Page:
returning to the root

Be completely empty.
Be perfectly serene.
The ten thousand things arise together;
in their arising is their return.
Now they flower,
and flowering
sink homeward,
returning to the root.

The return to the root
is peace.
Peace: to accept what must be,
to know what endures.
In that knowledge is wisdom.
Without it, ruin, disorder.

To know what endures
is to be openhearted,
magnanimous,
regal,
blessed,
following the Tao,
the way that endures forever.
The body comes to its ending,
but there is nothing to fear.

Lao Tzu
Ursula K Le Guin

I love this poem. I love its promise of beauty. I love its promise of nothingness. In most ideologies, death leads to a reward or punishment. But the Tao does nothing like that. It asks us to accept that death is the end, and that there’s nothing to fear there. That the end of your body does not mean the end of life or beauty. That death is part of all of this.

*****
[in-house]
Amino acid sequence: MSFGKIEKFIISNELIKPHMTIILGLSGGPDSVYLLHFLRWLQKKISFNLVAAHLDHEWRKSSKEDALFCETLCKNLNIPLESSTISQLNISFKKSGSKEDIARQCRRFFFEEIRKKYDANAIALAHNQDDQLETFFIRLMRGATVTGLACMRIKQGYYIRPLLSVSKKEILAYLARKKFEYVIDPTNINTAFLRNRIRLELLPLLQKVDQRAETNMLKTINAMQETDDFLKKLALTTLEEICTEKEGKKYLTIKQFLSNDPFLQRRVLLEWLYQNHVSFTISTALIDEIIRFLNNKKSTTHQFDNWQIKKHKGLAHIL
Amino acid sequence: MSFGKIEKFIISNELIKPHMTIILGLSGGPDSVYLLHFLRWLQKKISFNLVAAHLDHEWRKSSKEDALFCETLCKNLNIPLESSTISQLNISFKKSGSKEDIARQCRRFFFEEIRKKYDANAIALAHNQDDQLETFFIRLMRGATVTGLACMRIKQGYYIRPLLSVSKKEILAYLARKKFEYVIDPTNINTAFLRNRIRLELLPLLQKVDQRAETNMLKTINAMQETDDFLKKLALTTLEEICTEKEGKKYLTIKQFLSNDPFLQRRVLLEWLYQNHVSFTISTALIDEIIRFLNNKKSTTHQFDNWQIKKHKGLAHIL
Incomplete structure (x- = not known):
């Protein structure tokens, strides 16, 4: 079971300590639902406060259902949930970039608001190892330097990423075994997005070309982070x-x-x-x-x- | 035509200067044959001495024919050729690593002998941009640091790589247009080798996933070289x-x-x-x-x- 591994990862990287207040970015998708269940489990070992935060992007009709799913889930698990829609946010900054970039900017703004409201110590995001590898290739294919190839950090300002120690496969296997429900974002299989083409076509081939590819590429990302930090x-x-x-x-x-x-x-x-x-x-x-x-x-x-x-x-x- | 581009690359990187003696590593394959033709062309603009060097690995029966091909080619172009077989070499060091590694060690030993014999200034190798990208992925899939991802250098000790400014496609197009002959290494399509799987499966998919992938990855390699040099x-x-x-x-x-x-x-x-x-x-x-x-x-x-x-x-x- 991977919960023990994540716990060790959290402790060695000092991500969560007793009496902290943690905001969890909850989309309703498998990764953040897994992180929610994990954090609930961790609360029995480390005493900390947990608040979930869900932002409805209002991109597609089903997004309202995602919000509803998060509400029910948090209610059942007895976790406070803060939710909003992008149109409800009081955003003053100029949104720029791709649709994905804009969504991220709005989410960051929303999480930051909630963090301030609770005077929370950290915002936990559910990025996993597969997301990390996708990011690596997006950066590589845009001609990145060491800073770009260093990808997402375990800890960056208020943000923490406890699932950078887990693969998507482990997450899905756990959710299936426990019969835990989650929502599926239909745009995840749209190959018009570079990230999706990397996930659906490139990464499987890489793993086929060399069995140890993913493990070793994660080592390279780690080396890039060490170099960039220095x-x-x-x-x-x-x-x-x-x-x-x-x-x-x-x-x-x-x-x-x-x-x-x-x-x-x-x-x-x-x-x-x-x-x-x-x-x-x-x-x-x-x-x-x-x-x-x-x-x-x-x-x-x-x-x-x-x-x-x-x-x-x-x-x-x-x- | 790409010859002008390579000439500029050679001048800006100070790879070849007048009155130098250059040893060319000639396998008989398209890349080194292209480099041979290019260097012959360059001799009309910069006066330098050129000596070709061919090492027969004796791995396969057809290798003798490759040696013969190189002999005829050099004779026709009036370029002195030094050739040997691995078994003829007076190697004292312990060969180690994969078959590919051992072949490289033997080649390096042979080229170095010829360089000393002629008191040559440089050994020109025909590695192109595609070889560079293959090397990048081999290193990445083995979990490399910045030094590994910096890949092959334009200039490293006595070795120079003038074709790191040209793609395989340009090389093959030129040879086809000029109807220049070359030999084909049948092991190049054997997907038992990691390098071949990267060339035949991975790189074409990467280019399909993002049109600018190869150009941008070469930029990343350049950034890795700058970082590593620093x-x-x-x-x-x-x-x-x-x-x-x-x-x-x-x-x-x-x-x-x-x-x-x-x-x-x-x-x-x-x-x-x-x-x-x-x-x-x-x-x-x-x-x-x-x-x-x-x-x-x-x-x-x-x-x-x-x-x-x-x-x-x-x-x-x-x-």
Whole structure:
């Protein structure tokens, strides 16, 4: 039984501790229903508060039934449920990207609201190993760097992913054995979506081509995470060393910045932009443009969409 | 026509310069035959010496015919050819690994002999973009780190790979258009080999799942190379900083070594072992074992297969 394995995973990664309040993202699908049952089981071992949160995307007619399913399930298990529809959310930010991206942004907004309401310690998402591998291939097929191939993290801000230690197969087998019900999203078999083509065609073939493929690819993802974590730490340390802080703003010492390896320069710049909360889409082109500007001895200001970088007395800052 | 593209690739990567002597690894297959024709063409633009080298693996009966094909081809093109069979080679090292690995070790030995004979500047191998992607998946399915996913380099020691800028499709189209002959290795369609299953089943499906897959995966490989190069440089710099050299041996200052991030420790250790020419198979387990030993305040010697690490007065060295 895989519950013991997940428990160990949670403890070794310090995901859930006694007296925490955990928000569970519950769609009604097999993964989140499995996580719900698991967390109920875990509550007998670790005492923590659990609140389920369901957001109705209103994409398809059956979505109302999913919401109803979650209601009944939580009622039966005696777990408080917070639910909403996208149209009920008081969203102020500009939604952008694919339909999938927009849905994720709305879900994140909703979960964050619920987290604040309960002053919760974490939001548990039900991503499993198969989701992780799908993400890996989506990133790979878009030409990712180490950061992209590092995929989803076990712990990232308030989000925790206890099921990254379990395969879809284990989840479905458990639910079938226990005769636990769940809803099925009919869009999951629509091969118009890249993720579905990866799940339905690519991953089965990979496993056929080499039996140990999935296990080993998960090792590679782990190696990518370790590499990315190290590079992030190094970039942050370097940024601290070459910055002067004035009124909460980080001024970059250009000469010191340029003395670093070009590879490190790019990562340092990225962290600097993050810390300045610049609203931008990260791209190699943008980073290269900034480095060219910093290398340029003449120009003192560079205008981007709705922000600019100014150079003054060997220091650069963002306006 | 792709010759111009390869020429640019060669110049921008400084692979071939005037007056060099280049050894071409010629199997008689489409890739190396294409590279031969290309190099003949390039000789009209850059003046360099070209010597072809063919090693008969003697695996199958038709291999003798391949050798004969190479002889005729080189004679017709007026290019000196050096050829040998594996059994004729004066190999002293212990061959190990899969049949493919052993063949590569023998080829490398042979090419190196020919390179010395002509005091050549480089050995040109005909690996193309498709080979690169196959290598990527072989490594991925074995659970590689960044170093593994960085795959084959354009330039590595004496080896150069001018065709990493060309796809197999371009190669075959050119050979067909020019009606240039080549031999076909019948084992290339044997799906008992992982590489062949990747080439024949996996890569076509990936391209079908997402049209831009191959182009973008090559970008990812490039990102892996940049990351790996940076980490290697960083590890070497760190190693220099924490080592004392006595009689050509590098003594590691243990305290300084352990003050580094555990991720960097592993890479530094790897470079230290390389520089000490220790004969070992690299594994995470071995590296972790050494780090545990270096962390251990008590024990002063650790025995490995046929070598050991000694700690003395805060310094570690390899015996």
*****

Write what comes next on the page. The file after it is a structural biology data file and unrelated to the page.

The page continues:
We do not endure, but the Tao does. We accept our ending, and so find tranquility.

Life doesn’t end because we die. The Tao doesn’t falter because of our absence. We are just parts of the whole. We are born, and we flower. Then we wilt and die, and our death creates the opportunity for more growth.

I don’t have much more to say than that. I just love this poem. Le Guin’s thoughts are interesting, too, and I’ll leave you with them:

To those who will not admit morality without a deity to validate it, or spirituality of which man is not the measure, the firmness of Lao Tzu’s morality and the sweetness of his spiritual consul must seem incomprehensible, or illegitimate, or very troubling indeed.

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